We had about an hour's drive from our hotel to the site of the race, so we filled it with good tunes to pump us up. It was exciting to see so many cars on the road with bikes on the roof. So many pretty bikes! And by the time we pulled into the park, I was ready for this race. But I wasn't ready for the scene. I've done some pretty large marathons and half marathons by now, so I'm used to seeing hordes of athletes, but I have seriously NEVER seen anything like Wildflower. So many people! So many SUVs and bike racks. So much gear! So... SO MANY SMOKIN' HOT MEN! All so far away and in the middle of nowhere! Seriously! It's an unbelievable sight, with an amazing energy, beckoning you to get out there and give it all you have.

So we un-racked our bikes and pulled together our gear, then started on the trek down to the transition area. (It was quite a trek.) And although I've stood in the corrals at some really humongous races, there is nothing quite like the transition area of a triathlon. Wetsuits, towels, bikes, helmets, cycling shoes, running shoes, Cliff Bars, Cytomax, Gu... I laughed to myself as I set up my transition area, remembering how the only "gear" I brought to my first marathon was A PLASTIC TRASH BAG I used to shield me from the cold November Philly winds. Memories...

AER and I were in the same row, pretty close by, so we set-up our transitions and made preliminary trips to the Port-O-Potties. Then we got marked and decided to sit down by The Start to watch the first few waves of men take to the water. Watching the men get started was pretty nerve racking, not going to lie. I started to doubt my abilities when I saw the first man come out of the water after only 18 minutes. 18 minutes! I think AER noticed I was starting to get nervous, though, because she suggested we head back to our transitions to get ready. Good idea.

We coated ourselves in Body Glide and applied a little olive oil on our joints, soon finding that we were snug in our wetsuits. Time to head to the Start Line. I said good-bye to my bike, on some level wondering if I'd ever see her again. Standing behind the start, I could feel was my heart pound. That water looked choppy. And it was cold! But it was soon our turn to enter the water to warm-up. So AER gave my hand a final squeeze. She headed to the front of the crowd, while I headed to the back. I took a deep breath. When the girl to my left looked at me and said she'd be pretty happy when this part of the race was over, I realized I wasn't in this thing by myself. Hardly anyone was psyched to swim!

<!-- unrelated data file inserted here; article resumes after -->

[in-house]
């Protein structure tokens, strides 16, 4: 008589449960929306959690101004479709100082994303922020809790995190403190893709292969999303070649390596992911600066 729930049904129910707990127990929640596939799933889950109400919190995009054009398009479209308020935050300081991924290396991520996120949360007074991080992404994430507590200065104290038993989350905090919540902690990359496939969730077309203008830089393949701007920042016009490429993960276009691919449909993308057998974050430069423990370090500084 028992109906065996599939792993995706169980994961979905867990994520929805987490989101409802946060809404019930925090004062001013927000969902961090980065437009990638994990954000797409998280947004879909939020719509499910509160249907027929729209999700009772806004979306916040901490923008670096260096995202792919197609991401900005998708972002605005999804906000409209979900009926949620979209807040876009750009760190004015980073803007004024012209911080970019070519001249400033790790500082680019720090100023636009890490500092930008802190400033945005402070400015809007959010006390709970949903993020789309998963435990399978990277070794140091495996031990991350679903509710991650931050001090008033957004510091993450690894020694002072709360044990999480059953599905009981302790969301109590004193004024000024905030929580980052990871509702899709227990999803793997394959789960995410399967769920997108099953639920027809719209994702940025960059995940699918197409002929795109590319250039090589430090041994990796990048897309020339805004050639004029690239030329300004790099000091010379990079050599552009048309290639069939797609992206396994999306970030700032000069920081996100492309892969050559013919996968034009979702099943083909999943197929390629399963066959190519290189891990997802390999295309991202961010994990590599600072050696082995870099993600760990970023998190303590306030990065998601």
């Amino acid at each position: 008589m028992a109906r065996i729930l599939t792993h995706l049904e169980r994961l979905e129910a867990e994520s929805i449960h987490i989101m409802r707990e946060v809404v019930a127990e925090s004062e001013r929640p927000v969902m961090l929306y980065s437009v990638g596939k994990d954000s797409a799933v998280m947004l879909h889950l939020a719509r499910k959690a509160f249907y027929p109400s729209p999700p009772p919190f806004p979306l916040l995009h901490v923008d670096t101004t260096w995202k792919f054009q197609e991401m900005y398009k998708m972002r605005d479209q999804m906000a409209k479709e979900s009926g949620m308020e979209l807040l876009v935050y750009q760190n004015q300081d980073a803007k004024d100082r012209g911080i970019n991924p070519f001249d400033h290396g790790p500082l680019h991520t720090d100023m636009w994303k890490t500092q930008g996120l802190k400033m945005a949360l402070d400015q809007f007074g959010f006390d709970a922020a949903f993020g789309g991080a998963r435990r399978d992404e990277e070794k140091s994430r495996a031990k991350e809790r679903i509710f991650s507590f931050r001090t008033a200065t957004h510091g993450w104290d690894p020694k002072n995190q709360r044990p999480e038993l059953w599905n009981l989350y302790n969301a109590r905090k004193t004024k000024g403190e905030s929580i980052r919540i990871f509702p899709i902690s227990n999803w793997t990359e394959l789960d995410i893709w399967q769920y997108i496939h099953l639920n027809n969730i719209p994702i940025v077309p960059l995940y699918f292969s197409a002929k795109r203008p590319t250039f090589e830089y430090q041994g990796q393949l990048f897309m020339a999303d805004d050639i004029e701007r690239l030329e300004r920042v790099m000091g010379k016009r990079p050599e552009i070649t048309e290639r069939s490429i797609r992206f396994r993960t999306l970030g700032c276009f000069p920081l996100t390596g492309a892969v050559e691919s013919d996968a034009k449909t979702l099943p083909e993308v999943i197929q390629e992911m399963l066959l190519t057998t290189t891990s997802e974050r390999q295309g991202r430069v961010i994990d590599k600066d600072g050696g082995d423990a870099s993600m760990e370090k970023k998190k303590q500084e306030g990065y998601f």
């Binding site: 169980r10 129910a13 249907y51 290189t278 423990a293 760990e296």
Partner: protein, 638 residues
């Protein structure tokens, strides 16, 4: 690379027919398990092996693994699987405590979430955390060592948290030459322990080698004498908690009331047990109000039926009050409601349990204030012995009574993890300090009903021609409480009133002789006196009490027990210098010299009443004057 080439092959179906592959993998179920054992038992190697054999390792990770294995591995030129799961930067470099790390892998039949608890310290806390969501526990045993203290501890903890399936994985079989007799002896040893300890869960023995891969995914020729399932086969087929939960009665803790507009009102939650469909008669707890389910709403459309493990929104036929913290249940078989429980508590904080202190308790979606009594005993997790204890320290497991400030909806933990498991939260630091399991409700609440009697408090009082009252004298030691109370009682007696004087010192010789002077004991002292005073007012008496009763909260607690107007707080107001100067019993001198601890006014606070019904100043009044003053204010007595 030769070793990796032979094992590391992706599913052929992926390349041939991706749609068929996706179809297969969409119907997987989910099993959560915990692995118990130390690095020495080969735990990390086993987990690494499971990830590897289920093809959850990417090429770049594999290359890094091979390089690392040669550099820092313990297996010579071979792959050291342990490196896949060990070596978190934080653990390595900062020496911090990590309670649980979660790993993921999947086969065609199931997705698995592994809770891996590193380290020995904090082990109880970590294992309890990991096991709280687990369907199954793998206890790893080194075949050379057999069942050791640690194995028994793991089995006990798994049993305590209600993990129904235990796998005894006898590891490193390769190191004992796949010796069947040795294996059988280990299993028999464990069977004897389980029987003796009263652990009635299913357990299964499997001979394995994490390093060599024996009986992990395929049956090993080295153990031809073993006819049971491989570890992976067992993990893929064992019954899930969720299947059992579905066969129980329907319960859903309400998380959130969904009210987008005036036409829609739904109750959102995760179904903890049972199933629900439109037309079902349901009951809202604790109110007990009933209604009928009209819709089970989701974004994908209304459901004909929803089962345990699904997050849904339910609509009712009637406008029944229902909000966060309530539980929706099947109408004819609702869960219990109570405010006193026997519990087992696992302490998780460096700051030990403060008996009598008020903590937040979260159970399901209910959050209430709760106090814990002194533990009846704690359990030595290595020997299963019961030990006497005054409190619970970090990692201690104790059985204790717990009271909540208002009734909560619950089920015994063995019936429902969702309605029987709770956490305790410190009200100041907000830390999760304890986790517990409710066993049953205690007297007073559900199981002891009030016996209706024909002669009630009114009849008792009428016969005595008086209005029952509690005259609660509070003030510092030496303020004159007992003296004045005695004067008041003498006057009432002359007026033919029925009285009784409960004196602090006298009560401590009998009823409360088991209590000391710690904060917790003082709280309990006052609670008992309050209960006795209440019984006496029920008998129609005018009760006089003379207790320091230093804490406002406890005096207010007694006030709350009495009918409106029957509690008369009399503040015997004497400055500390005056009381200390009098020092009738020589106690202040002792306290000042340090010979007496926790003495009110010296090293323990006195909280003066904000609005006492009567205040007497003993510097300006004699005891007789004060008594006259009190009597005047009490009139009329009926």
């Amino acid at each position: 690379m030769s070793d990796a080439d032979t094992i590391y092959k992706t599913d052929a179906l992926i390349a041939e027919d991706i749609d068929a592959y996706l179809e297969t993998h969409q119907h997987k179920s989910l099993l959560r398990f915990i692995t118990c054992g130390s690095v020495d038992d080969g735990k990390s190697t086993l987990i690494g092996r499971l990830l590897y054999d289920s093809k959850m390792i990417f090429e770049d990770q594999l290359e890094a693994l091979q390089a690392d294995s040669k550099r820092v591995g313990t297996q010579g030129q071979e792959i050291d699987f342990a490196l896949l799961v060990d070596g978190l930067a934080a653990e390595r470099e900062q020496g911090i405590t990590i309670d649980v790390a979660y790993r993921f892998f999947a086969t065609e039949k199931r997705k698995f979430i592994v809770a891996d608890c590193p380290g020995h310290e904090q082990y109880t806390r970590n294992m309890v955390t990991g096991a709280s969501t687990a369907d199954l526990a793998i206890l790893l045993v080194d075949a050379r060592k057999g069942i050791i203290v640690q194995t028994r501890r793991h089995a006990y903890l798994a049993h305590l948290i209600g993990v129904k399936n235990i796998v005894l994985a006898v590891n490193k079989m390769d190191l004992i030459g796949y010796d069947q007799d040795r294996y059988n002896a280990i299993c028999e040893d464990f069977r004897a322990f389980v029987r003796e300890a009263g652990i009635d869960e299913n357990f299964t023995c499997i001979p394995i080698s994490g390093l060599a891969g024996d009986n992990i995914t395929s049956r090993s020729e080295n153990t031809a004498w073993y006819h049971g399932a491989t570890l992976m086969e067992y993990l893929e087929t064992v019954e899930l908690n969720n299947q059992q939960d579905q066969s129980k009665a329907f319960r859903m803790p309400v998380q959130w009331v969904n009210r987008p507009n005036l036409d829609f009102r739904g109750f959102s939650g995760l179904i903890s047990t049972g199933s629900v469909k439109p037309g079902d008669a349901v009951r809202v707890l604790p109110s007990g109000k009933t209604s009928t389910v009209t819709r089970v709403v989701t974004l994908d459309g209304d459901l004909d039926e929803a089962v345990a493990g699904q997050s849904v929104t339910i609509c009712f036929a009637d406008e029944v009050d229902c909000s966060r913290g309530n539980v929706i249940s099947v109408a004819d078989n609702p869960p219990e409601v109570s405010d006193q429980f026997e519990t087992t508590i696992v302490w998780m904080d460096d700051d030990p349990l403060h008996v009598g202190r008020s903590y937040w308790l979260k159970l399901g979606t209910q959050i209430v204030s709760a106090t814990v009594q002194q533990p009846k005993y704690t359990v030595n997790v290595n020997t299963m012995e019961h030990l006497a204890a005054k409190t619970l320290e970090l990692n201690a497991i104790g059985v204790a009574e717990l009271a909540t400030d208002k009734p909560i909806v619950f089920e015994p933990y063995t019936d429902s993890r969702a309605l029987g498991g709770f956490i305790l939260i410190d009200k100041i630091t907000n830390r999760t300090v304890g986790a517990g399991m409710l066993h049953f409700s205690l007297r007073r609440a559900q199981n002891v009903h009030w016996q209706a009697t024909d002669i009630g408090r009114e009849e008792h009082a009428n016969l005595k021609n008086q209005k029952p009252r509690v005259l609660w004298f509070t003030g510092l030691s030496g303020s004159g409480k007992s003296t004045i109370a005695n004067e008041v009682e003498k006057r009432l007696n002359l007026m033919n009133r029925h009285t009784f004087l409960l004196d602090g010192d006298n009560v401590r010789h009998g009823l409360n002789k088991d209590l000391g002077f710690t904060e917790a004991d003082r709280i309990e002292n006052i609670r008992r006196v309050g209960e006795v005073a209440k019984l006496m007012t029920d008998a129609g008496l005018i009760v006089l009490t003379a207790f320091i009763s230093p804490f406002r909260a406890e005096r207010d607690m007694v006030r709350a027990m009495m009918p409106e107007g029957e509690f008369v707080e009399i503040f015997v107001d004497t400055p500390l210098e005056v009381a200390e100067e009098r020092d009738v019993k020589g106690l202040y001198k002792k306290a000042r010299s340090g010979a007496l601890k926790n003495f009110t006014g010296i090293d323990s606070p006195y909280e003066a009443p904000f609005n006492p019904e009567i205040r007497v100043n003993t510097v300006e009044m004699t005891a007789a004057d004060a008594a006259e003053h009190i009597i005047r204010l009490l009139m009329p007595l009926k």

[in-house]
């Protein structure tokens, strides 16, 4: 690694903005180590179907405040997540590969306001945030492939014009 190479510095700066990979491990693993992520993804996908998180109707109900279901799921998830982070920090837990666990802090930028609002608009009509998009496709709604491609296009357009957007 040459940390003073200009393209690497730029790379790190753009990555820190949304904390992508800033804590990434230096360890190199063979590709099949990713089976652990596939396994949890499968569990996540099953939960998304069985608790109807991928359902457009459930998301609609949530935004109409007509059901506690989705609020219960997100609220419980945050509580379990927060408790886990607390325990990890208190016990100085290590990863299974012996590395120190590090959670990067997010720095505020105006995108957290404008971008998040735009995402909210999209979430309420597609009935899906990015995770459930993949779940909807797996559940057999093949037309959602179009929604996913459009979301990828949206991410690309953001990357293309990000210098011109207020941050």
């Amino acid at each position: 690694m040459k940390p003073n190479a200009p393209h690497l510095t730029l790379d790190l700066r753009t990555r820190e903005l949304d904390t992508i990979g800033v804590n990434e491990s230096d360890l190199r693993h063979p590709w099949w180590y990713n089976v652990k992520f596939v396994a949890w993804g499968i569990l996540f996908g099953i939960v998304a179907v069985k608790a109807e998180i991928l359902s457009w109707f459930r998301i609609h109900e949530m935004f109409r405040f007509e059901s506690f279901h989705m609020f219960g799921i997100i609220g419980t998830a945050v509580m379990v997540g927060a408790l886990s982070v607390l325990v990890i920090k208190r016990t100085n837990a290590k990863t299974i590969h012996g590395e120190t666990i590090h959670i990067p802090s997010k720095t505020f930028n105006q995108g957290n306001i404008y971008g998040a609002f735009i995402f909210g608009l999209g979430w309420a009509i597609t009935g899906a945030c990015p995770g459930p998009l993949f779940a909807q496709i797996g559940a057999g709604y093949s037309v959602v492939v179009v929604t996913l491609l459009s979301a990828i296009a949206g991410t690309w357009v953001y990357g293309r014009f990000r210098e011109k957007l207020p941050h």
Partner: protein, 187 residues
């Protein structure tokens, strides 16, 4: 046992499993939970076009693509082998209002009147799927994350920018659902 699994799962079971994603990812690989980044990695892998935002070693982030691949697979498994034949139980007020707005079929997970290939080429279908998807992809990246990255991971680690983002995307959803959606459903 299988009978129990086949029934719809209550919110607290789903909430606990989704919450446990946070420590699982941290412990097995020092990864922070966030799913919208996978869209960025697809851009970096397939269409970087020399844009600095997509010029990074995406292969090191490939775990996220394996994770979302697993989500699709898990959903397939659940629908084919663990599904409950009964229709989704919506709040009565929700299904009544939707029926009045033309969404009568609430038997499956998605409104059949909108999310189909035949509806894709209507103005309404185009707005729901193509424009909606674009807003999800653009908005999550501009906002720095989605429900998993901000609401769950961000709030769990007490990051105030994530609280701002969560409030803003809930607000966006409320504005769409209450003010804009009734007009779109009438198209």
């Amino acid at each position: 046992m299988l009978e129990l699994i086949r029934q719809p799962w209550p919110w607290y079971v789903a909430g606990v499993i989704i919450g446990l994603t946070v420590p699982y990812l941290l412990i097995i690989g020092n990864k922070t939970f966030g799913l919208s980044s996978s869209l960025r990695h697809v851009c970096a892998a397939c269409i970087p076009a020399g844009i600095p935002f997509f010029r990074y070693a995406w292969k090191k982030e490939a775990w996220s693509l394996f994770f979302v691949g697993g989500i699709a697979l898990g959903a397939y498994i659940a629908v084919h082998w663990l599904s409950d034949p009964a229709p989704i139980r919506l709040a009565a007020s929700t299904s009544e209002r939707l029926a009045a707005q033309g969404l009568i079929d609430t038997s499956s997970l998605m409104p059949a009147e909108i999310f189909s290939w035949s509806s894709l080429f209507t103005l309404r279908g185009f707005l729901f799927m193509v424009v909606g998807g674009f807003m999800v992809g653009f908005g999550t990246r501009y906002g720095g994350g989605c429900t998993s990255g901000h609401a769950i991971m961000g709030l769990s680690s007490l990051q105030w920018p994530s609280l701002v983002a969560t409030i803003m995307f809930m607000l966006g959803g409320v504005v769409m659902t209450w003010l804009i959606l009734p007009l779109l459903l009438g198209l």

The horn sounded - it was time to enter the water. I hated every second of the first few minutes in the water. Splashing, vying for a spot to swim. I couldn't breathe. I couldn't figure out where to go. I couldn't breathe. I couldn't figure out where to go. I couldn't breathe. I couldn't... (Are you noticing a pattern?) I pretty much spent the first couple hundred yards debating whether or not I should just float on my back and wait for one of the rescue swimmers on a surfboard to come pick me up. However I soon calmed down when I remembered and again realized that pretty much everyone was as frustrated as I was. And then I saw a clearing (albeit VERY small) and decided I'd try to swim through it.

So I put my head in the watter and started to paddle. And a couple of strokes later, I had pulled away from the initial clump of swimmers. A couple of more strokes later, and my heart stopped racing. And pretty soon, I was able to actually swim. Breathing every few strokes, stopping to sight/catch my breath when I needed to. It wasn't fun, nor was it easy, but I eventually made it to the turn around at the half-mile point. The trip back "home" was much better. I found my rhythm, I avoided the other swimmers, and I actually started to have FUN. Swimming. While wearing a wetsuit. In Lake San Antonio. At Wildflower!

32 minutes later, I exited the water and headed for the transition. I had swallowed a bit of lake water during the swim, so I was coughing a bit during my run back to the transition. Snot was also dripping out of my nose, and I'm pretty sure the event photographers snapped a VERY FLATTERING picture of me taking off my wetsuit with boogers flying everywhere. (That'll be one for the mantle, won't it?) I was feeling pretty dizzy as I took off the wetsuit, so I inhaled some Sport Beans and gulped some water. I stood there for a minute before unracking my bike to make sure I could stand up straight. I definitely lost some time here, but I think it was important for me to regain my balance and confidence, so it was a minute well spent.